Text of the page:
The Democratic Socialist Republic of Sri Lanka has sold $1 billion of fixed-rate senior unsecured 10-year bonds -- the largest and longest-dated sovereign from the South Asian island nation ever. The notes pay a 6.25% coupon and were re-offered at par for the same amount of yield. On a spreads basis that translated into 373.1bp over 10-year Treasuries.
The market has seen credit spreads tighten and yields rally recently and as a result, demand for emerging market paper and longer-dated notes has picked up. Sri Lanka's new credit took advantage of both those trends.
A single-B credit doesn’t appeal to everybody, but it is included in the emerging market bond index, which helps and [hence it] appeals to emerging market-based funds globally," said a banker, noting that such funds were a key target as the country went on the road to meet up with key investors.
Sri Lanka was on the road throughout the course of last week, speaking with investors and selling a story not only of an emerging market sovereign credit, but of improved fundamentals surrounding the economy that led to a ratings upgrade by Standard and Poor’s earlier this month.
Following that upgrade, the new 2020 bonds received a B+ rating from both S&P and Fitch.
Based on the strong reception received from investors, the borrower went straight to the market with a yield guidance of 6.5%. The guidance was left unchanged throughout Hong Kong trading day on Monday, and by midday New York time, after US accounts had had a chance to look at the trade, the lead managers confirmed a final guidance of 6.25% to 6.375%. By then, they had already secured an order book of over $3 billion.
By the time the order books closed, the demand totalled $6.5 billion from 310 accounts. Incidentally, this equalled the size of the order book for Sri Lanka's $500 million 2015 sovereign issue last year, which was used as the most comparable benchmark for this deal.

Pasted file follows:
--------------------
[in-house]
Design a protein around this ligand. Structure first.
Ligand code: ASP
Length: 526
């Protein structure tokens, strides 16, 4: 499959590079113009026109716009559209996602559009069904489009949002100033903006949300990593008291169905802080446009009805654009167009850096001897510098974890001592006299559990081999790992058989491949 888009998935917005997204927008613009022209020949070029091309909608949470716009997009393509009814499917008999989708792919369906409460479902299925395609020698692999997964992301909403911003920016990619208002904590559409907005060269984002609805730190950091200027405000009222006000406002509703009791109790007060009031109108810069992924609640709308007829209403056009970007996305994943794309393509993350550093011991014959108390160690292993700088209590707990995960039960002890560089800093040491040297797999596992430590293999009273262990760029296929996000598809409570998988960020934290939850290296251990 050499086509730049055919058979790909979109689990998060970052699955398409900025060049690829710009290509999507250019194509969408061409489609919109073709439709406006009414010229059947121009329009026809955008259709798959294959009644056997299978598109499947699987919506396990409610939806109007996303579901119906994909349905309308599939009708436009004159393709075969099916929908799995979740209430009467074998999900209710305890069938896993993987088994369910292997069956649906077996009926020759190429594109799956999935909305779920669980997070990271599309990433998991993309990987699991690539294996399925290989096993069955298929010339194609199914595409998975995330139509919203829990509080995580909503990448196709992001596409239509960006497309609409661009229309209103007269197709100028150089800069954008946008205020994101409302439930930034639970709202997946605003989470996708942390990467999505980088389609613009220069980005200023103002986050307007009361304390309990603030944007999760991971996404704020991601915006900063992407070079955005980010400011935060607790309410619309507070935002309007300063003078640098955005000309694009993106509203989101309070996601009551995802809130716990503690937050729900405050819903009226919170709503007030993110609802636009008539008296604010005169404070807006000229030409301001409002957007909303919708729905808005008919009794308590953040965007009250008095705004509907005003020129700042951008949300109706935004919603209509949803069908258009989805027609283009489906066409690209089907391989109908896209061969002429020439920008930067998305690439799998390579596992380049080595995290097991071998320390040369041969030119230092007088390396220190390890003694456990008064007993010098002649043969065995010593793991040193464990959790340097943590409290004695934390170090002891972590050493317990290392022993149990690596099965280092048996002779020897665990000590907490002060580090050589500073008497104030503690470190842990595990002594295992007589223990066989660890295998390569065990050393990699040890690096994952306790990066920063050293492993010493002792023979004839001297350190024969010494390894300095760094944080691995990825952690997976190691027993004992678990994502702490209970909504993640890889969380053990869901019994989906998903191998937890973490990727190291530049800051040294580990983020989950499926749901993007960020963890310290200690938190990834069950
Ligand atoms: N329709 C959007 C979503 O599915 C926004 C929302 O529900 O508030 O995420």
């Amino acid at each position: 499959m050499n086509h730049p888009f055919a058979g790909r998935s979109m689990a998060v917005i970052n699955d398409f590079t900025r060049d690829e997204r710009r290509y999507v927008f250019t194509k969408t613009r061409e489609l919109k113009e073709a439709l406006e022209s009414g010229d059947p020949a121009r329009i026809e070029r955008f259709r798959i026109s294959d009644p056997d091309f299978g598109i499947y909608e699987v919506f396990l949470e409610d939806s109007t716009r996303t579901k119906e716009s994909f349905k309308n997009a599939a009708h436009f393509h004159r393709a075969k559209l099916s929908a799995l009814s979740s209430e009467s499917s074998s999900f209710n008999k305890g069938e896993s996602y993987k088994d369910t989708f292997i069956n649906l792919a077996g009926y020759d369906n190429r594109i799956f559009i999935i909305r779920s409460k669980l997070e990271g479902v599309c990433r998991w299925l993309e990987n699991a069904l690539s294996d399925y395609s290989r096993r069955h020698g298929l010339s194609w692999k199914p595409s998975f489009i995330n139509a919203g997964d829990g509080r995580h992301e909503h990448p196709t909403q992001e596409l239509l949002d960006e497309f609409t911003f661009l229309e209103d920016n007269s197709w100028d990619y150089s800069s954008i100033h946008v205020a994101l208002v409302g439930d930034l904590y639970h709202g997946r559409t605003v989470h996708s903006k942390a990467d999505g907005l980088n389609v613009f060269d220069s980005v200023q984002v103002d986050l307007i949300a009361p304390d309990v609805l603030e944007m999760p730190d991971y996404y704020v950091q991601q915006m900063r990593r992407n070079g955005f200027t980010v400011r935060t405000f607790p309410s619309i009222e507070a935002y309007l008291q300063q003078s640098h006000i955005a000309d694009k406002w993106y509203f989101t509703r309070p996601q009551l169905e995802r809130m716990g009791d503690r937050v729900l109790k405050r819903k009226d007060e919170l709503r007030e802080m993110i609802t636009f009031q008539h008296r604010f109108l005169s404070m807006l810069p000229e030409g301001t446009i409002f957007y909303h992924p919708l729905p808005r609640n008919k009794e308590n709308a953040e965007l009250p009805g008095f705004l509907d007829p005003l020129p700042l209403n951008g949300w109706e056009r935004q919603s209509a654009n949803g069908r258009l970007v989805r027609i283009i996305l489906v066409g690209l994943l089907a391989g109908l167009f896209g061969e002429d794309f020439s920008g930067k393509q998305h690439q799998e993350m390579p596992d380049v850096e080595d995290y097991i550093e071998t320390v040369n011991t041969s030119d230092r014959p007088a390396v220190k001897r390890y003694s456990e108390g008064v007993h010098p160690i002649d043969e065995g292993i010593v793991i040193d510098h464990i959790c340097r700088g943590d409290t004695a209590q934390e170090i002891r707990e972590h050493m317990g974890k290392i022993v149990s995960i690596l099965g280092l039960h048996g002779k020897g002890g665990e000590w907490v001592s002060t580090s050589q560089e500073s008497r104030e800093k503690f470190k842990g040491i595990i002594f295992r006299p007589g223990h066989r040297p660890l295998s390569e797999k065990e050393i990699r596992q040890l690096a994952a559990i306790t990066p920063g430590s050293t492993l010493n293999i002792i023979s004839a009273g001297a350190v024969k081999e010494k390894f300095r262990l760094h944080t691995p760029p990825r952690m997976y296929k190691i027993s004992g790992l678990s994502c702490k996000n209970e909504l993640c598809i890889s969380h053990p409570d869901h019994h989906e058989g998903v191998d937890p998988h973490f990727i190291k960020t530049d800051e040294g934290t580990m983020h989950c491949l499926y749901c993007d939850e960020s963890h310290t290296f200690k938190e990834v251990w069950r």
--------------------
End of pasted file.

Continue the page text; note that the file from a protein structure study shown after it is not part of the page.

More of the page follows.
During the Hong Kong trading session yesterday the bonds reached a high of 101.00 on a cash price basis. By the end of the day they had fallen slightly to 100.75 for a yield of 6.15%.
“At 10bp tighter (on a yield basis) this is a very solid performance without leaving too much value on the table for investors,” said one banker familiar with the deal.
The notes were issued under the 144A/Reg-S format and attracted strong interest from US-based accounts, which took 52.5% of the bonds.
“It was an asset that suited investor preferences in the US extremely well,” said one source. “Leading into the trade, there was a strong bid for 10-year assets in the US,” he added.
Europe bought a quarter of the notes offered and Asia took the remaining 22.5%. There were mixed reactions to the allocation with one source commenting that some accounts in Asia were asking why it was heavily skewed towards US accounts.
What it came down to, explained another source, was that the US was able to provide good quality orders, particularly through asset and fund managers.
Indeed, the bonds saw a strong bid from real money accounts, and fund managers and asset managers received 85% of the bonds, while the remainder was evenly distributed between pension and insurance funds, private banks and commercial banks.
Bank of America Merrill Lynch, HSBC and the Royal Bank of Scotland were joint lead managers for the offering.